Lucky Cheng's closes

The bachelorette-party central was a reminder of New York's epic weirdness

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Last week, pan-Asian restaurant and nightclub Lucky Cheng's announced it was closing, following the death of owner and downtown pioneer Hayne Suthon, and this past Pride weekend, the venue threw itself a final farewell party. The storied institution, staffed by drag queens and trans women, rose from the ashes of Suthon's East Village yuppie haven Cave Canem—situated in a former gay bathhouse!—in 1993.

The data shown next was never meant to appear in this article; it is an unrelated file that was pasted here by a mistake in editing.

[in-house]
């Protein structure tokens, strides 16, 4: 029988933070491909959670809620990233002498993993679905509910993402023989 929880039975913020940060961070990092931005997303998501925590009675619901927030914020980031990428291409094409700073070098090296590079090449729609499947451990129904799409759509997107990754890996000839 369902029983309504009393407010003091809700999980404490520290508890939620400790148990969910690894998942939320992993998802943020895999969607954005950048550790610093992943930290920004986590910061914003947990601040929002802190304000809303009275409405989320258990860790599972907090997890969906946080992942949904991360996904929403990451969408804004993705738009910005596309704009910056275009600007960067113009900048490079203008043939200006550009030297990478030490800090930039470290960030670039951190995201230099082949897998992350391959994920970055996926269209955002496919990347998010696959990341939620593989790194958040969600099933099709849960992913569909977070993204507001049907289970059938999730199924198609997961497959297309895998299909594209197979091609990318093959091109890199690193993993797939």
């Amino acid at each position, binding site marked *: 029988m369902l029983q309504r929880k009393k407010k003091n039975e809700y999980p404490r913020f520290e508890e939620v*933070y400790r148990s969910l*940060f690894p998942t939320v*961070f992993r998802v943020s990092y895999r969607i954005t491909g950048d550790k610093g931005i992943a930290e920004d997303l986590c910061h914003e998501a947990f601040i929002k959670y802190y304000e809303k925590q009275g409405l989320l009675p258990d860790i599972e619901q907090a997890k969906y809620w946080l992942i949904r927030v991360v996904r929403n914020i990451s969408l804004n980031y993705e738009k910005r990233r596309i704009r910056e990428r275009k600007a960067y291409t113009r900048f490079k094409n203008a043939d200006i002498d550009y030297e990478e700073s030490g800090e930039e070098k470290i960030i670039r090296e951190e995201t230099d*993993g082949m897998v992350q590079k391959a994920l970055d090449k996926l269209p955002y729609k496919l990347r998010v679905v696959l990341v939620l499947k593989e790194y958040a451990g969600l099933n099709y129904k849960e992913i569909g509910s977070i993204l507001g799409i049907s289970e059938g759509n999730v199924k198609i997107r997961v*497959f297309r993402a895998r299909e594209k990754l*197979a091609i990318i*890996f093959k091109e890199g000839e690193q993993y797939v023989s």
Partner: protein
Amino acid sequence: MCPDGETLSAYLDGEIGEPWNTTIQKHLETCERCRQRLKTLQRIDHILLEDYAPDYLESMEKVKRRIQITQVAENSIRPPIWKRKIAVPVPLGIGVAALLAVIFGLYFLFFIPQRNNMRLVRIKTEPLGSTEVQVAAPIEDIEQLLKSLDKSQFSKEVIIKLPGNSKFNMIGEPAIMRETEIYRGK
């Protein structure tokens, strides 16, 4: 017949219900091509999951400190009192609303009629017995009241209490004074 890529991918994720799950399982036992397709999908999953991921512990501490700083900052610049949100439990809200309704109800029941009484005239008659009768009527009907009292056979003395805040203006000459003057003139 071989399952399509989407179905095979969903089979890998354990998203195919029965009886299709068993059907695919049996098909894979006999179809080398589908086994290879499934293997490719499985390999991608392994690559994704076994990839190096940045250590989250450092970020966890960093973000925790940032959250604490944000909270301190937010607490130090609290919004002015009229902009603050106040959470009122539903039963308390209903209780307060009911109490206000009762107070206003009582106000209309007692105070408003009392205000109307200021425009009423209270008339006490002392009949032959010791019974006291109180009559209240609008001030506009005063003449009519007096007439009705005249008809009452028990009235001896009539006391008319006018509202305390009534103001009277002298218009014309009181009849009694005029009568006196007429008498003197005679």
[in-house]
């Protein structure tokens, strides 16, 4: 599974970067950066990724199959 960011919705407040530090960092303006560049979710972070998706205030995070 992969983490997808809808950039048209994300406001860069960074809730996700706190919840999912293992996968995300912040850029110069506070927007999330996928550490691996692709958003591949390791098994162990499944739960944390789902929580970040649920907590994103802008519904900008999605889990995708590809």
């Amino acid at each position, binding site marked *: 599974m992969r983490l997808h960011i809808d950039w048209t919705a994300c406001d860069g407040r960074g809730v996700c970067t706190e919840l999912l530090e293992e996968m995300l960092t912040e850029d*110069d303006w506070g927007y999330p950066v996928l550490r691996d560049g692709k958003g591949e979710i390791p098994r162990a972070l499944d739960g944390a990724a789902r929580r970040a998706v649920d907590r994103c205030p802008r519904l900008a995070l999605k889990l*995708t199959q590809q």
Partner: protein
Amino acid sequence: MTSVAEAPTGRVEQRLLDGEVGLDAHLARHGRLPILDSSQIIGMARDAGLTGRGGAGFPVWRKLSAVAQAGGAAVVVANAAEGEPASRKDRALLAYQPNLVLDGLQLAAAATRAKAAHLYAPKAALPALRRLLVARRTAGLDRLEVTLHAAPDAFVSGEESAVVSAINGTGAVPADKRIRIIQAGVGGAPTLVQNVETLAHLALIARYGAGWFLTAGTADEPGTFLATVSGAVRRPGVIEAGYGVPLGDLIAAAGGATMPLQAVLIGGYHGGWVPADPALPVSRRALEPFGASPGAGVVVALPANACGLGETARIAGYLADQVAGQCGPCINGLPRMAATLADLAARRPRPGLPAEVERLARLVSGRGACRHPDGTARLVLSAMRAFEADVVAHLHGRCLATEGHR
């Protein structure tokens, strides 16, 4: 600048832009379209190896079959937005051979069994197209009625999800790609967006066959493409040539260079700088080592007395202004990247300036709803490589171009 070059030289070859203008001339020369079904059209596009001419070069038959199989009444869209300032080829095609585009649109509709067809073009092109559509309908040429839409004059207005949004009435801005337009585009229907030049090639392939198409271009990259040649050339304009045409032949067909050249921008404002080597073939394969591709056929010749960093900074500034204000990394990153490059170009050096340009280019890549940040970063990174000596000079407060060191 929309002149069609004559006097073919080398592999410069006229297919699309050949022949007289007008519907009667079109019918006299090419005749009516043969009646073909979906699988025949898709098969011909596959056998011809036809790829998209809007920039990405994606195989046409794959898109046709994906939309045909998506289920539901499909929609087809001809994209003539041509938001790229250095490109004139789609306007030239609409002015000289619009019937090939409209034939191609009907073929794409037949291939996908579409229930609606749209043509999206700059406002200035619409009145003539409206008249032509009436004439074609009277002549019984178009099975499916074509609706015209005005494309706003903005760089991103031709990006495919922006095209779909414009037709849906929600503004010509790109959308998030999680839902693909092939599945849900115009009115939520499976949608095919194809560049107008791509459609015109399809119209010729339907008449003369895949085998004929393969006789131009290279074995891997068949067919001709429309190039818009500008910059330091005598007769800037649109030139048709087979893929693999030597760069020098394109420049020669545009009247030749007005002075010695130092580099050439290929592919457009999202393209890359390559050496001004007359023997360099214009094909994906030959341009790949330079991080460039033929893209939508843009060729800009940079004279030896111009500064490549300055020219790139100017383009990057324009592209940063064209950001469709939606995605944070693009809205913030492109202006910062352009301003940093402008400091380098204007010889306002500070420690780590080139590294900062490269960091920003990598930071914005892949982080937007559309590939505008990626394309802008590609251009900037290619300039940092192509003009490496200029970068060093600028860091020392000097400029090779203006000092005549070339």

For the first few years of its existence, Lucky's catered to a boozy (and maybe druggy) late-night clientele—a sort of grungy, post–boom-time variation of the Bret Easton Ellis crowd that filled Cave Canem. But when the restaurant was featured in a 1998 episode of Sex and the City, it started its transformation into the go-to spot for bachelorette and sweet 16 parties New Yorkers know and love-hate today. Its move to the Times Square area in 2012 cemented its status as a destination for the B&T pre-wedding set, but even as the clientele became thoroughly straight, Lucky Cheng's remained a decidedly queer venue with its staff and performers who existed well outside of the gender binary. And really, it's a quietly revolutionary thing that the tristate area's tiara'd, penis-straw-sipping brides-to-be were so eager to get lap dances from trans ladies rather than take in a beefcake strip show. Coming not long after the demise of other seemingly immortal gay venues Splash and Rawhide, it's hard not to see the shuttering of this kitschy eatery as another nail in the coffin of New York's status as a haven for outsiders and weirdos. We'll miss it—maybe even those screeching Jersey girls.


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